Pintsized as a pea or big as a bowling ball, nutritional, durable, and versatile, nuts have been a staple of the human diet since time began, and archaeological evidence places them among our earliest foods. For that, the ancients worshiped them. And because they were relatively non-perishable, nuts sustained the imperial armies of Rome and China, the royal navies of England and Spain, and the native tribes that roamed the American wilderness. Today, we think of nuts as mere snacks, but in a poignant segment, we feature how a peanut product is used by organizations like UNICEF to reverse malnutrition in starving children in less than four weeks. And a powder ground from walnut shells cleans everything from ship hulls to the Space Shuttle. From ancient traditions of tree-picking and hand-gathering to today's powerful machine shakers, sophisticated irrigation techniques, and the latest bio-science, we'll provide a spread of history that's just as smooth as your peanut butter!
For every new snack food introduced, there are about 100 duds! Americans buy more than 4.3 billion pounds of snack food a year--in fact, snacking is quickly becoming America's favorite meal. A snack is defined as a meal or food item eaten hurriedly or casually, which might include anything from a candy bar to a hamburger. The word is derived from the Dutch word snacken, "to bite". Whether it's chips, pretzels, or popcorn, Americans love their snacks--especially if salty! Perhaps the first truly American salty snack was popcorn. But of all the salty treats we indulge in--pretzels, peanuts, corn chips--the potato chip is by far America's favorite snack, with annual sales in excess of $6 billion. Today, the larger food manufacturers are generally full-service snack companies--producing chips, pretzels, and other salty goodies. With creative new snack varieties on the way, the salty snack food industry shows no signs of waning.
Discover how many spices go into richly aromatic tikka masala, and why it's Britain's favorite meal; sweet and sour gummy worms get their mouth-puckering flavor; crunchy golden tortillas stay intact until they're stuffed full of Mexican treats on taco night; and seasonal Easter cr me eggs get that yummy and yolky egg-like filling.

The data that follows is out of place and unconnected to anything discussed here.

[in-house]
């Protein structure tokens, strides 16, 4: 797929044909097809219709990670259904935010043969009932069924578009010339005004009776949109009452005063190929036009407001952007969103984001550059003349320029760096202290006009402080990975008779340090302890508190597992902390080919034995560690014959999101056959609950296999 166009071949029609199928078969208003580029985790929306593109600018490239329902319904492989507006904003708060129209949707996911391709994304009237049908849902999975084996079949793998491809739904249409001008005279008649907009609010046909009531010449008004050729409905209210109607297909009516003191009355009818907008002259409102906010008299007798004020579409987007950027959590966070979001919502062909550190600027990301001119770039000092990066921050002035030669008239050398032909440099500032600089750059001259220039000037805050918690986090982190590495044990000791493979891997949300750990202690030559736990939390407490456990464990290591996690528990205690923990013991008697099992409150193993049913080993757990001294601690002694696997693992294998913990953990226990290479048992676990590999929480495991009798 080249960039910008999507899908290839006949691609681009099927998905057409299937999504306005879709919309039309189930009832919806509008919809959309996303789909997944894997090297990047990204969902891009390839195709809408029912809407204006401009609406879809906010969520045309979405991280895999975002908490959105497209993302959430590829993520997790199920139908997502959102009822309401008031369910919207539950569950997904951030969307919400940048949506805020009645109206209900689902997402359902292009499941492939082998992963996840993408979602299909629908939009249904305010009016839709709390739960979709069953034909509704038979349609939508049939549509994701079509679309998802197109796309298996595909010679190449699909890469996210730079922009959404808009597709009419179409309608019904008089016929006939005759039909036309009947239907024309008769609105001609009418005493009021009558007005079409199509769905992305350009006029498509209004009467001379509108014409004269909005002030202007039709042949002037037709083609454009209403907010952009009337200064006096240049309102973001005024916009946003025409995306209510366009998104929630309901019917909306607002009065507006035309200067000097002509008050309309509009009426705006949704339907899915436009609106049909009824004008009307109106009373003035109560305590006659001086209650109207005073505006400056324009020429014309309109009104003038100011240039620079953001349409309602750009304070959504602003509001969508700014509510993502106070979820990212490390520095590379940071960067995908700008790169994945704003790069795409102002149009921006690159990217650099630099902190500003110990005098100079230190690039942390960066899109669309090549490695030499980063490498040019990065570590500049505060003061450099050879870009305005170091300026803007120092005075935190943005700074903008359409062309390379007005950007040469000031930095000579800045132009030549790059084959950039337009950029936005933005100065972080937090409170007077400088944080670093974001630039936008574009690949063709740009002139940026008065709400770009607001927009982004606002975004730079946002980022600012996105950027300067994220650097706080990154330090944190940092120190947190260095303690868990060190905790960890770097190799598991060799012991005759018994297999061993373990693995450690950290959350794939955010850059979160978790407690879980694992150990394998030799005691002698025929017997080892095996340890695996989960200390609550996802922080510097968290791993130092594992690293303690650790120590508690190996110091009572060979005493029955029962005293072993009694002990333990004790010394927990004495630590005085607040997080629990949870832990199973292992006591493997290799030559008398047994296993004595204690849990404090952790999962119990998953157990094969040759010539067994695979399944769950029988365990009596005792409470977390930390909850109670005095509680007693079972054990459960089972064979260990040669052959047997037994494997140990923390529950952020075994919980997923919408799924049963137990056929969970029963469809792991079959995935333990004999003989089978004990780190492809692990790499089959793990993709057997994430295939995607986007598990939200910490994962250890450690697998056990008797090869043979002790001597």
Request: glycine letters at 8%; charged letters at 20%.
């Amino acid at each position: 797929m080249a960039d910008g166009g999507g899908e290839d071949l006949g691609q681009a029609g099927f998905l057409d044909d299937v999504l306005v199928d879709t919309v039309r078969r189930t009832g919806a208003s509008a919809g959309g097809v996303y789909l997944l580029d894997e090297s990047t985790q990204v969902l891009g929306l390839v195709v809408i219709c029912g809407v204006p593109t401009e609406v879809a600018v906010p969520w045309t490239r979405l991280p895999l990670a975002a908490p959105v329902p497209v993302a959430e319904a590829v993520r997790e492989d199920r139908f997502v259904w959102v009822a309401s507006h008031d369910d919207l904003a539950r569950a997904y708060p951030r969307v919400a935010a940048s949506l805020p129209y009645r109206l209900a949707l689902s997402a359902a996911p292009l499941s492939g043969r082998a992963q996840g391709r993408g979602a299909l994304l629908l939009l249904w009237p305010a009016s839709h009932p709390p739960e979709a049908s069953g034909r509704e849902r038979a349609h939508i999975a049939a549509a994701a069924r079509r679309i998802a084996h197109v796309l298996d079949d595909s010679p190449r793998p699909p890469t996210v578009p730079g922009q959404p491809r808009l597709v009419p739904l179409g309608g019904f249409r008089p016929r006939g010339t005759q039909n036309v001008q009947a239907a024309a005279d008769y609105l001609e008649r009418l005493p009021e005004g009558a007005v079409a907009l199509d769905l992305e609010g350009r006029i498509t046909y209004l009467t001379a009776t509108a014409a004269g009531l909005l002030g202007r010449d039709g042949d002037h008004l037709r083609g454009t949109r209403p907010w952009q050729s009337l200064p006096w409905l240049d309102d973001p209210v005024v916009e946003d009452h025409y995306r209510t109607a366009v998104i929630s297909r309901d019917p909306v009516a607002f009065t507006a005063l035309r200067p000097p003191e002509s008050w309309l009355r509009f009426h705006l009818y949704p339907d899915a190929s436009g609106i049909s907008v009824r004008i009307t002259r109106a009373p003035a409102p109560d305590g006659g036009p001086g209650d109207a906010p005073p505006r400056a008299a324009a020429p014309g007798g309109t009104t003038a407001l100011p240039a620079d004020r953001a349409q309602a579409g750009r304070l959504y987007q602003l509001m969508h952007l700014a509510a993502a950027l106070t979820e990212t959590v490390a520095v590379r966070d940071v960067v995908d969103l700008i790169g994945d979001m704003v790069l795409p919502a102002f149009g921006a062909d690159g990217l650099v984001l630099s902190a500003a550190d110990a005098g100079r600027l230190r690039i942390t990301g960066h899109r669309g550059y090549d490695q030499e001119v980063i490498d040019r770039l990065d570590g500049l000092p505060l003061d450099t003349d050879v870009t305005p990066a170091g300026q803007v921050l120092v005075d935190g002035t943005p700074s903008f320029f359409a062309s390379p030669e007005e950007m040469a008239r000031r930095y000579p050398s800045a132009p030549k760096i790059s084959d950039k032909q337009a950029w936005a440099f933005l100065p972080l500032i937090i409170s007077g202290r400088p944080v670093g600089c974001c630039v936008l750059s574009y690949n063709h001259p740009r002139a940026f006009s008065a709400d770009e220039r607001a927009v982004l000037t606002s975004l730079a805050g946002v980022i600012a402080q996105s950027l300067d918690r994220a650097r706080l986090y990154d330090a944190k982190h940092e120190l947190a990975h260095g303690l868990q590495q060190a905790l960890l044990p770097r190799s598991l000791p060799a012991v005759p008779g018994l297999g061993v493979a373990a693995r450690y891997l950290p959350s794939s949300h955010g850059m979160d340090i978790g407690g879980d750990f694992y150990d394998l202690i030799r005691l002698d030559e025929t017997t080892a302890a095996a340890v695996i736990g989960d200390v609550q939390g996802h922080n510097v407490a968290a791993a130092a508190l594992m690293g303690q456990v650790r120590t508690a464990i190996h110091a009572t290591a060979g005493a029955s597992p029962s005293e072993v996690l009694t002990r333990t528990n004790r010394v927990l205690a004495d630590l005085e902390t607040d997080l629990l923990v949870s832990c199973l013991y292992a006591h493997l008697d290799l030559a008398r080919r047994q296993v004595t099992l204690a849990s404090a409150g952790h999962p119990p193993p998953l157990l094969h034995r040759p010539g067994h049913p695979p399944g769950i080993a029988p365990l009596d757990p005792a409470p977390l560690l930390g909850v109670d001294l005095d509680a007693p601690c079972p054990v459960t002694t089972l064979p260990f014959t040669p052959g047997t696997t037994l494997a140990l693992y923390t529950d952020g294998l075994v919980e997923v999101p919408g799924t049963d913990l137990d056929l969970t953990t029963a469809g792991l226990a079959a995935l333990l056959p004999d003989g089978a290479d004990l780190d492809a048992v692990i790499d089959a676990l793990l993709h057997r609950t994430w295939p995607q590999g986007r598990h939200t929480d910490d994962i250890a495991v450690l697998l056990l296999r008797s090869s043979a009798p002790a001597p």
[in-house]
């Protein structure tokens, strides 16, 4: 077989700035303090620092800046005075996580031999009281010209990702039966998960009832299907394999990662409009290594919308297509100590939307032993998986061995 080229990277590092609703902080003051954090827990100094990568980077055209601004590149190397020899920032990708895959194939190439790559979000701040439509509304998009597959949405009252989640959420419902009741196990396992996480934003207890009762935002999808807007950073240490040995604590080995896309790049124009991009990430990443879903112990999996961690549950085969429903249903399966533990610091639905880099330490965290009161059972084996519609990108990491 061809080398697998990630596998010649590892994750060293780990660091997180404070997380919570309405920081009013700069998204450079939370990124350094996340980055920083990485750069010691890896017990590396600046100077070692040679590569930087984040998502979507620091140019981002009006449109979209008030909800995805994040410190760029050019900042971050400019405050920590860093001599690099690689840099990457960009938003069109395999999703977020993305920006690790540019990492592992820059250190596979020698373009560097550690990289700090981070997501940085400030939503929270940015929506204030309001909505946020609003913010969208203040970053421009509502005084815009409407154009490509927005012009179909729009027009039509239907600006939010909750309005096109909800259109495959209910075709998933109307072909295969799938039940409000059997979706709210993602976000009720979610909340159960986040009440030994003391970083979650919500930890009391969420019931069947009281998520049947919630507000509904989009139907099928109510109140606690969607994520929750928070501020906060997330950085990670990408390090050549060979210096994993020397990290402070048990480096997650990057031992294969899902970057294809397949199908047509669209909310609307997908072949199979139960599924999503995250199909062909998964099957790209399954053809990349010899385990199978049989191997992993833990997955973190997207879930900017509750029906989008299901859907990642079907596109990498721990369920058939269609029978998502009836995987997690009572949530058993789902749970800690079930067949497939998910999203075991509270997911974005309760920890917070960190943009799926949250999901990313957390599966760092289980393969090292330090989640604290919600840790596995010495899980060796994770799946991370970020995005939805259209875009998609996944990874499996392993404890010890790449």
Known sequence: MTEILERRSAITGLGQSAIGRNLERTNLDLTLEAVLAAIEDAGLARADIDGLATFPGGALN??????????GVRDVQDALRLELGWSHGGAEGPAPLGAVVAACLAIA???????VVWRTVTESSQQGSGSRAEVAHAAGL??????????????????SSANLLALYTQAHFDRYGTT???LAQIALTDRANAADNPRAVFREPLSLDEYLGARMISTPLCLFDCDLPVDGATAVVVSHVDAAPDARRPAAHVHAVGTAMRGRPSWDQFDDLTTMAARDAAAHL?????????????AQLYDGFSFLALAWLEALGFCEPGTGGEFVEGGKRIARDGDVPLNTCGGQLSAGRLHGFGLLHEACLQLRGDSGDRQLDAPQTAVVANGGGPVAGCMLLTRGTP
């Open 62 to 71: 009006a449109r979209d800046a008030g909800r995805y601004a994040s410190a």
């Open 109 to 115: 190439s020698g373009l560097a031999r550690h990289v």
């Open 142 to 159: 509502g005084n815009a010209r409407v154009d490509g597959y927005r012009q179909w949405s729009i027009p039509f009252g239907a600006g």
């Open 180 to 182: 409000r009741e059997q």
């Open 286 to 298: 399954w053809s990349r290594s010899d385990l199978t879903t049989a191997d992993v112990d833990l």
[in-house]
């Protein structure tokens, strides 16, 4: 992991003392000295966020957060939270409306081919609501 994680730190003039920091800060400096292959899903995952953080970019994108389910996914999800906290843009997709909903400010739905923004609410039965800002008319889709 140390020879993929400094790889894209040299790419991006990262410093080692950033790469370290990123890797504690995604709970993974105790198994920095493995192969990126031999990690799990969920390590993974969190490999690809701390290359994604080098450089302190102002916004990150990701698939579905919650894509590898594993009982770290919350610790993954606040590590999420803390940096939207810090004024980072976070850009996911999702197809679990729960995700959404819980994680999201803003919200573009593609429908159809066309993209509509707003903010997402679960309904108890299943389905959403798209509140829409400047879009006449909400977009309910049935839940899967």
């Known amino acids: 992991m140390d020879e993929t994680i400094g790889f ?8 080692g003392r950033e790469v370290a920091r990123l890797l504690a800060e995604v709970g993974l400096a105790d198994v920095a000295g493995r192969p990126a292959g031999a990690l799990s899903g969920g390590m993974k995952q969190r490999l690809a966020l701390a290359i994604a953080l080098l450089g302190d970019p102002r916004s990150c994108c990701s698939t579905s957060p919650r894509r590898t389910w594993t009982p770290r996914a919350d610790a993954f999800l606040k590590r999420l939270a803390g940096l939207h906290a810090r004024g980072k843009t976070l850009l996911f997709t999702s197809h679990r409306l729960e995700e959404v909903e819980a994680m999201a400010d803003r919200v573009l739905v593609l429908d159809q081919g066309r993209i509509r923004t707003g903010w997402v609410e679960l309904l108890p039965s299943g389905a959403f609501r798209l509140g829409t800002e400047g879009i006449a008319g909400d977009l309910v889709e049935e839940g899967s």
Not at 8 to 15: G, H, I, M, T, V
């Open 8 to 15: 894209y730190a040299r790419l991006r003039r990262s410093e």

Discover how sweet, crispy waffle cones get their ice cream-ready shape; rich, dark chocolate milk is transformed from creamy to dreamy; tangy Doritos nachos go from kernel to crunchy chip; and how the special ingredient in cheesy Indian dessert Kesar Rasmalai could break the bank.
In the early days of the music industry, only a combination of hard work and luck could get musicians a recording contract—and even then, success was limited by the scope of a radio or record distribution deal. But thanks to the reality TV phenomenon, even an appearance on the American Idol competition can make you an instant superstar. Here are some of the show's most famous competitors and judges.
Examine the judges of the popular singing competition show The X Factor, which has drawn comparisons to American Idol. Judges have included Britney Spears, Simon Cowell, Paulina Rubio, L.A. Reid, Nicole Scherzinger, Paula Abdul, Cheryl Cole and more. Pick your favorite celebrity judge of The X Factor on Biography.com.
After the Britpop music scene of the early 90's, a new genre of celebrities stepped into the London spotlight from athletic superstars such as David Beckham to pop culture phenomenons like Simon Cowell and Susan Boyle. Alternative rock acts like Elastica and Oasis were replaced with soulful songstresses like Amy Whinehouse and Adele, and actors like Kate Winslet, Keira Knightley and Robert Pattinson became international superstars. The Duchess of Cambridge Kate Middleton also became a royal, social and fashion icon, as well as a defining figure of the decade. Biography celebrates these cultural icons of the new post-Britpop era.